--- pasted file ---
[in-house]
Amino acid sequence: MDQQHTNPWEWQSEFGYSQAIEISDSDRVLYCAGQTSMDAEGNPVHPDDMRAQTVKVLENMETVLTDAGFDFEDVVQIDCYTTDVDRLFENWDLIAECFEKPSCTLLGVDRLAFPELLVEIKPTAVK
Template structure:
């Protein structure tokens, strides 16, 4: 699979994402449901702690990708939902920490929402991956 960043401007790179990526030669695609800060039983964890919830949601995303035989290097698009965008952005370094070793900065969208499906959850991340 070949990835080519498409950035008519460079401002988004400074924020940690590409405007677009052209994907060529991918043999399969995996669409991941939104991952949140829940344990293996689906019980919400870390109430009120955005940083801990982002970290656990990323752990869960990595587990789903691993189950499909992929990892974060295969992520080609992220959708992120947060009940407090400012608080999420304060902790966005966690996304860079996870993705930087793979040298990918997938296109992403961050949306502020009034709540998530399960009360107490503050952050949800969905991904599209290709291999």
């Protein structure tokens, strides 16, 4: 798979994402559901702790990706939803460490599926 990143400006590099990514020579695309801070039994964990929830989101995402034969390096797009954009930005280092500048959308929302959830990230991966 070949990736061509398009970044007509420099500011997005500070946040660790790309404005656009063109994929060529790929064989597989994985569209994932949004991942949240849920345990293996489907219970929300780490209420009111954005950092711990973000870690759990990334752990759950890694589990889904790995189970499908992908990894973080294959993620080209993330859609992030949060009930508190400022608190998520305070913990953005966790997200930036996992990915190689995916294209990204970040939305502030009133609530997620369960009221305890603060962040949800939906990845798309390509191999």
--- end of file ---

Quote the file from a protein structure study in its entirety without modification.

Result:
[in-house]
Amino acid sequence: MDQQHTNPWEWQSEFGYSQAIEISDSDRVLYCAGQTSMDAEGNPVHPDDMRAQTVKVLENMETVLTDAGFDFEDVVQIDCYTTDVDRLFENWDLIAECFEKPSCTLLGVDRLAFPELLVEIKPTAVK
Template structure:
């Protein structure tokens, strides 16, 4: 699979994402449901702690990708939902920490929402991956 960043401007790179990526030669695609800060039983964890919830949601995303035989290097698009965008952005370094070793900065969208499906959850991340 070949990835080519498409950035008519460079401002988004400074924020940690590409405007677009052209994907060529991918043999399969995996669409991941939104991952949140829940344990293996689906019980919400870390109430009120955005940083801990982002970290656990990323752990869960990595587990789903691993189950499909992929990892974060295969992520080609992220959708992120947060009940407090400012608080999420304060902790966005966690996304860079996870993705930087793979040298990918997938296109992403961050949306502020009034709540998530399960009360107490503050952050949800969905991904599209290709291999």
């Protein structure tokens, strides 16, 4: 798979994402559901702790990706939803460490599926 990143400006590099990514020579695309801070039994964990929830989101995402034969390096797009954009930005280092500048959308929302959830990230991966 070949990736061509398009970044007509420099500011997005500070946040660790790309404005656009063109994929060529790929064989597989994985569209994932949004991942949240849920345990293996489907219970929300780490209420009111954005950092711990973000870690759990990334752990759950890694589990889904790995189970499908992908990894973080294959993620080209993330859609992030949060009930508190400022608190998520305070913990953005966790997200930036996992990915190689995916294209990204970040939305502030009133609530997620369960009221305890603060962040949800939906990845798309390509191999």